Fewer Service Trips Planned for Spring Semester

Donya Forst, Print Editor

Campus Ministry is offering three service trips this spring, just half of the six trips it usually offers.

Dr. Christine Somers, Director of Campus Ministry, said she had to cancel two trips that had been planned because of a lack of interest. Generally, 60-65 students sign up to attend one trip, but this year a mere 35 registered.

“We have student leaders who help run some of the registrations for the trips, and they think it has to do with the number of athletes we have on campus. A number of those students are going on trips with their sports teams,” said Somers.

Somers believes trips were well advertised via emails, flyers, social media, word of mouth and informational tables, and she was surprised that sign-ups are so low.

“I was a little bit shocked or surprised,” said Somers. “But usually you know what happens – come November, December or maybe even January they are like, ‘oh are there any trips,’ but you know at that point it’s too late. We have to plan four months in advance.”

Sites for this year’s trips are Habitat for Humanity near Houston, Texas, the Romero Center in Camden, New Jersey and Community at Visitation in Philadelphia. They take place March 2-7.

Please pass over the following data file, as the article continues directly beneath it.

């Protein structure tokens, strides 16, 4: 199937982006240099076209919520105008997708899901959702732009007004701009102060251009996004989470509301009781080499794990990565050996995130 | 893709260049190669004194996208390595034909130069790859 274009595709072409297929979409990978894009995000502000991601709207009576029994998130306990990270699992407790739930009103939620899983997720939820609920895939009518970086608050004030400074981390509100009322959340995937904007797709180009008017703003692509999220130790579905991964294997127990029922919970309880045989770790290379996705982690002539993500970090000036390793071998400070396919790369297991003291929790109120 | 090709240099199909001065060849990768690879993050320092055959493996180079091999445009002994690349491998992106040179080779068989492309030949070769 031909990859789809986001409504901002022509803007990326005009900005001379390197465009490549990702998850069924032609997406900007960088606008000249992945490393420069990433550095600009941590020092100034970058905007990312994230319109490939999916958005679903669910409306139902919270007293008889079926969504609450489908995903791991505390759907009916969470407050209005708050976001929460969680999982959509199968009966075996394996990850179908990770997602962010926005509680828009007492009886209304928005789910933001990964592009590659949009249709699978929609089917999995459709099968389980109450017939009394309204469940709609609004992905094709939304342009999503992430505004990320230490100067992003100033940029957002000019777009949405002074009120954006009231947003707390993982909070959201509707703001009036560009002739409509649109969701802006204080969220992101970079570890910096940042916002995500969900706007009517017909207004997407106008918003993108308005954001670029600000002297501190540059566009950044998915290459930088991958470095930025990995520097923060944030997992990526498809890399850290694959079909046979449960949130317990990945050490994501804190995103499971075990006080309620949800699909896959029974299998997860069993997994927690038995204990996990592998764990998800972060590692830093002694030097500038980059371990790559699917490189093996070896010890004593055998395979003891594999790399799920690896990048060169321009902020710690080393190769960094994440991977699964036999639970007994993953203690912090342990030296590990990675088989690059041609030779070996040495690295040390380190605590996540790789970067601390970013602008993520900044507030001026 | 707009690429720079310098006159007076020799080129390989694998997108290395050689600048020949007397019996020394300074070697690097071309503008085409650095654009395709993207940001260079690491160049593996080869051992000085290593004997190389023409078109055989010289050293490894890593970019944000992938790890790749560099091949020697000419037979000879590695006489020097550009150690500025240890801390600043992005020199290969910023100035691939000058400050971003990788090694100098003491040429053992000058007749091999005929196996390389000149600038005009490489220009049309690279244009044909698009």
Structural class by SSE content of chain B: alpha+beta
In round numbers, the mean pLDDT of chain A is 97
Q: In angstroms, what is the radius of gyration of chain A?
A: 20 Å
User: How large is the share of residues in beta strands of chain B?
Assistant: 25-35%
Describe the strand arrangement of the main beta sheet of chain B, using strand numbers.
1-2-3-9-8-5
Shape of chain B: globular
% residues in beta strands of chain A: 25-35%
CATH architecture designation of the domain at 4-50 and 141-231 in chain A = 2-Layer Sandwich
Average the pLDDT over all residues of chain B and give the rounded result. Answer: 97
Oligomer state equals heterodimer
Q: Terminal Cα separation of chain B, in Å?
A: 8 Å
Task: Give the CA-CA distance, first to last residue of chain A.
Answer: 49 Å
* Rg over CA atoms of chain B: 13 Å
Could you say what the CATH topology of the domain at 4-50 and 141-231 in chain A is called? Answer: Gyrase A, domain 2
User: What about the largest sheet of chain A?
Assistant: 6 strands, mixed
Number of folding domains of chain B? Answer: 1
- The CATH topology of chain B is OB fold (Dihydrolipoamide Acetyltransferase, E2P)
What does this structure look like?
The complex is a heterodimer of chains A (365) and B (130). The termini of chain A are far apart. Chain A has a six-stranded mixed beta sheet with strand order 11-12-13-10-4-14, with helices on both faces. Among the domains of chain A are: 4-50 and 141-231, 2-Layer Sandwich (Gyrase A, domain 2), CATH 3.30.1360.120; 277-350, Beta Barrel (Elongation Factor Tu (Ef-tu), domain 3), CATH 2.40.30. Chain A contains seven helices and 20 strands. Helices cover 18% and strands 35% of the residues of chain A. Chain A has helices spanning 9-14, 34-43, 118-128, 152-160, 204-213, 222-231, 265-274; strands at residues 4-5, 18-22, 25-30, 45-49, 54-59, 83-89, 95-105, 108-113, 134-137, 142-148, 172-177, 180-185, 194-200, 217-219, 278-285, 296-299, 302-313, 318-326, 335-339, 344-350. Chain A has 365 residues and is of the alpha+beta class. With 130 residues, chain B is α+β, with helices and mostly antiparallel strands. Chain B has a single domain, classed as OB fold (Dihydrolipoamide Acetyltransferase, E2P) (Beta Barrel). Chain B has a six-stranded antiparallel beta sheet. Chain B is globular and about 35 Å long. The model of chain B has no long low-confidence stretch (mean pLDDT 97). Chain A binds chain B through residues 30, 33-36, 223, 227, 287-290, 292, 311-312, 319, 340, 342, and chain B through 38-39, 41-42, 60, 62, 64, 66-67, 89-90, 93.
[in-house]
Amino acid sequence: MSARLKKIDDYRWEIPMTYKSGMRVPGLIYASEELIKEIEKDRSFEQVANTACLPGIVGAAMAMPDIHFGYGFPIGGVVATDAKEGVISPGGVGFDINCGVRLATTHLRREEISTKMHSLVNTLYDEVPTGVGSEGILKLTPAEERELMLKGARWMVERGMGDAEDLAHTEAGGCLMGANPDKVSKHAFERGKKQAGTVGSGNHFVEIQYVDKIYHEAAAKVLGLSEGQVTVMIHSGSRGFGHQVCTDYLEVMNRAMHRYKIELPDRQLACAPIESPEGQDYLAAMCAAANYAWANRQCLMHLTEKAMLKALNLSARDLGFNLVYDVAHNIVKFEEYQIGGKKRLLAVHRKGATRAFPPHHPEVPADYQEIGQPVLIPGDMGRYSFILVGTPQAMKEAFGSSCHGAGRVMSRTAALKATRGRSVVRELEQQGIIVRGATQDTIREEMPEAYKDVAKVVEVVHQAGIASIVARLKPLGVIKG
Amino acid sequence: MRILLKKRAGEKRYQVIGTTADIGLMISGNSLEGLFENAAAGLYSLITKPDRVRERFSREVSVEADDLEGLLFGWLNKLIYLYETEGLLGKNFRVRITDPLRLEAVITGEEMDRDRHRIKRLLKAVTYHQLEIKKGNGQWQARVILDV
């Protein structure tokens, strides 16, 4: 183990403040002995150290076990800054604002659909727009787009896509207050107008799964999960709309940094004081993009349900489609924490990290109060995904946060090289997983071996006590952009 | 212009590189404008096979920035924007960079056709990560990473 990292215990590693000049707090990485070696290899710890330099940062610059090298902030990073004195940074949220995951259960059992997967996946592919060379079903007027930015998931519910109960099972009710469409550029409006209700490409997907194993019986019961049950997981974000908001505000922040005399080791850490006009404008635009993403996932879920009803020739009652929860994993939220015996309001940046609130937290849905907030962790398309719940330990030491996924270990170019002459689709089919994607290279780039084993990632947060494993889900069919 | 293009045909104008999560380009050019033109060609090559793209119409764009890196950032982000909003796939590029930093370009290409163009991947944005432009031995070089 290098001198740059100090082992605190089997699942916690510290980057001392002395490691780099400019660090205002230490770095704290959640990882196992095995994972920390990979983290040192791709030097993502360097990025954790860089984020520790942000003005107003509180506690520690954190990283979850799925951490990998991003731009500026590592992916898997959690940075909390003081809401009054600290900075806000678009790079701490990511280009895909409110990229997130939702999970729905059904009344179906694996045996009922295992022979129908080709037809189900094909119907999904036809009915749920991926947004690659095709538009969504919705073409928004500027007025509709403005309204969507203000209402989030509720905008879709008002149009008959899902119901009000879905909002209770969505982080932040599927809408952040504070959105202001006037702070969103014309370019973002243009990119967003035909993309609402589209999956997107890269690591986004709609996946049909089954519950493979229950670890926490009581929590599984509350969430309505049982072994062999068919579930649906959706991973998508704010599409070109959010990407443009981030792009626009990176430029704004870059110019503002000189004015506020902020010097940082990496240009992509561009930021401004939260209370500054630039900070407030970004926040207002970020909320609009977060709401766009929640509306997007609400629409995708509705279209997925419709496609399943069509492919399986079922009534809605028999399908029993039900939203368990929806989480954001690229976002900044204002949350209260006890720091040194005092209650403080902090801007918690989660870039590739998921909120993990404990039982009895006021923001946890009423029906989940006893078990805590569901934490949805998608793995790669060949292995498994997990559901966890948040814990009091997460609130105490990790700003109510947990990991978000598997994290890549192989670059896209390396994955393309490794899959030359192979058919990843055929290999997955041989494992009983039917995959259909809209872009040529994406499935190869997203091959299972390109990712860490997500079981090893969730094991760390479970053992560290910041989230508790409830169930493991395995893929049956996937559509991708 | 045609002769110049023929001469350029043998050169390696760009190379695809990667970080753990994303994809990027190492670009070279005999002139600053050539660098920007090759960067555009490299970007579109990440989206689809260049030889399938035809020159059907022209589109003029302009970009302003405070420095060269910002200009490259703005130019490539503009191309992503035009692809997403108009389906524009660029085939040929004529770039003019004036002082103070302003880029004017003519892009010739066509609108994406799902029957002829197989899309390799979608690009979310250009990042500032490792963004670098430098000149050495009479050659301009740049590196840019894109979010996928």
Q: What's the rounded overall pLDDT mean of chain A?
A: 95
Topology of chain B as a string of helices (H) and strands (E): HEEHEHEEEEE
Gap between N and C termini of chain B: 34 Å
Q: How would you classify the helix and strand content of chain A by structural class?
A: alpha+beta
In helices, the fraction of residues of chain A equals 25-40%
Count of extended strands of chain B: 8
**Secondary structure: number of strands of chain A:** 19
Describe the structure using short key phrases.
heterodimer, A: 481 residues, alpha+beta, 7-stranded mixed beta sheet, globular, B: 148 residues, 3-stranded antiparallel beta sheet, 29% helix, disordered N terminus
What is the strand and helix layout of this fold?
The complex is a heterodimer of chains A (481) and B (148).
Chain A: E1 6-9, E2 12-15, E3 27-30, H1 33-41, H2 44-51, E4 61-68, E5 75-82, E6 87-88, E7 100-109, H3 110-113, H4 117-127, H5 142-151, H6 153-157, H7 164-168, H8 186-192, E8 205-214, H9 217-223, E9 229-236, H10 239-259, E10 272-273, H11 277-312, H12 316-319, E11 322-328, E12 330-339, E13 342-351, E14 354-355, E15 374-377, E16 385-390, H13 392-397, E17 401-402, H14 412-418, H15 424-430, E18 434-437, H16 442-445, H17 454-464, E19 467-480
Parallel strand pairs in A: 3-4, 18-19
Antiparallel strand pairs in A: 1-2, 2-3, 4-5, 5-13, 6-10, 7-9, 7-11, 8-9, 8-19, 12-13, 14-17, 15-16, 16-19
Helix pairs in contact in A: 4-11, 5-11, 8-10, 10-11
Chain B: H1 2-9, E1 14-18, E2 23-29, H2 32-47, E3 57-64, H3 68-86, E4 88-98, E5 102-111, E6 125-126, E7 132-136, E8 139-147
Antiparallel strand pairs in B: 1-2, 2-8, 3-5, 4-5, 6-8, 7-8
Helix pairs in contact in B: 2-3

Cost for trips to Philadelphia and Camden range from $200 to $300, while the Habitat for Humanity trip costs a bit more because students have to pay airfare.  But Somers does not think price is a factor in the reduced interest.

“It really cannot be the price, I don’t think, because they are only $200 to $300,” said Somers.

At Habitat for Humanity, the students will do anything from building a house to painting or putting up a fence.

In Camden, speakers will talk about diversity, immigration and poverty. They also do some simulated poverty experiences with the students. During the day, students can clean up a neighborhood, work in a daycare for low-income children, or work with elderly, or at food banks and soup kitchens.

“I was there years ago, so we were looking for something close, something different, something somewhat affordable and something with a social justice theme,” said Somers.

At the Philadelphia site, a Sister of Mercy serves as Executive Director of s a comprehensive social service agency that offers tutoring, after school programs and a drop-in center for prostitutes. It is in a low-income neighborhood with a very diverse community of Latinos, Ethiopians and Vietnamese.

“We went to Philadelphia last year because of our connection with the Sisters of Mercy, and we knew that Sister Betty ran this agency. So I just started to investigate and check it out, and she was very happy to have students come and work her agency,” said Somers.

To be accepted for a trip, students must apply, and complete a 15-minute interview during which they explain why they want to go on the trip and provide other important information. They must attend pre-trip meetings if accepted.

“Then we have student leaders for the trips who organize the groups, do fundraising, icebreakers, making sure the groups know each other and if there is any kind of paperwork or planning,” said Somers.